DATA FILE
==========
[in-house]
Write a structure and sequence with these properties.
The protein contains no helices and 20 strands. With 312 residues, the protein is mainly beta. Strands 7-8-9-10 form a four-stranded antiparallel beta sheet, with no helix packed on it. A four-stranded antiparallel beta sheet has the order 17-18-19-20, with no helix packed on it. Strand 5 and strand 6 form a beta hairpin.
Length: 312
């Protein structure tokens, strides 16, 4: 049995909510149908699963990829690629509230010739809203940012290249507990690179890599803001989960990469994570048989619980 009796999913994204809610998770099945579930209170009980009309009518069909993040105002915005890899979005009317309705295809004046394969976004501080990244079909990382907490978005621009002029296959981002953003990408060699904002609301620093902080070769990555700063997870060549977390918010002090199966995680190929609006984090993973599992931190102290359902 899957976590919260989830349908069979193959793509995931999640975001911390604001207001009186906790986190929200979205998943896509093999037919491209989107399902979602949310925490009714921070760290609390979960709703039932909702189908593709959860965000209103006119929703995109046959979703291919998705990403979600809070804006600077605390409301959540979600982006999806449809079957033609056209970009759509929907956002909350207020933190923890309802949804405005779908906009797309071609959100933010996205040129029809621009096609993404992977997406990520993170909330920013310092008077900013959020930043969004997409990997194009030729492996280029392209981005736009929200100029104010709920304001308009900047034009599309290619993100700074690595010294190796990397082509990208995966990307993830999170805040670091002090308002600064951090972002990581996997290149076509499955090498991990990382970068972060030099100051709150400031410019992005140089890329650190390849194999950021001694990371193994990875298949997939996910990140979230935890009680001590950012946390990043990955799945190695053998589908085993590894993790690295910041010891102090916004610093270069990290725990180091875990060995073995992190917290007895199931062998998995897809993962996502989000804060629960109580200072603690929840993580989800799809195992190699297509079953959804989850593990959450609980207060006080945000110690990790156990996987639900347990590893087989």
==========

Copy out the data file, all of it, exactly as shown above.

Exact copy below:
[in-house]
Write a structure and sequence with these properties.
The protein contains no helices and 20 strands. With 312 residues, the protein is mainly beta. Strands 7-8-9-10 form a four-stranded antiparallel beta sheet, with no helix packed on it. A four-stranded antiparallel beta sheet has the order 17-18-19-20, with no helix packed on it. Strand 5 and strand 6 form a beta hairpin.
Length: 312
């Protein structure tokens, strides 16, 4: 049995909510149908699963990829690629509230010739809203940012290249507990690179890599803001989960990469994570048989619980 009796999913994204809610998770099945579930209170009980009309009518069909993040105002915005890899979005009317309705295809004046394969976004501080990244079909990382907490978005621009002029296959981002953003990408060699904002609301620093902080070769990555700063997870060549977390918010002090199966995680190929609006984090993973599992931190102290359902 899957976590919260989830349908069979193959793509995931999640975001911390604001207001009186906790986190929200979205998943896509093999037919491209989107399902979602949310925490009714921070760290609390979960709703039932909702189908593709959860965000209103006119929703995109046959979703291919998705990403979600809070804006600077605390409301959540979600982006999806449809079957033609056209970009759509929907956002909350207020933190923890309802949804405005779908906009797309071609959100933010996205040129029809621009096609993404992977997406990520993170909330920013310092008077900013959020930043969004997409990997194009030729492996280029392209981005736009929200100029104010709920304001308009900047034009599309290619993100700074690595010294190796990397082509990208995966990307993830999170805040670091002090308002600064951090972002990581996997290149076509499955090498991990990382970068972060030099100051709150400031410019992005140089890329650190390849194999950021001694990371193994990875298949997939996910990140979230935890009680001590950012946390990043990955799945190695053998589908085993590894993790690295910041010891102090916004610093270069990290725990180091875990060995073995992190917290007895199931062998998995897809993962996502989000804060629960109580200072603690929840993580989800799809195992190699297509079953959804989850593990959450609980207060006080945000110690990790156990996987639900347990590893087989």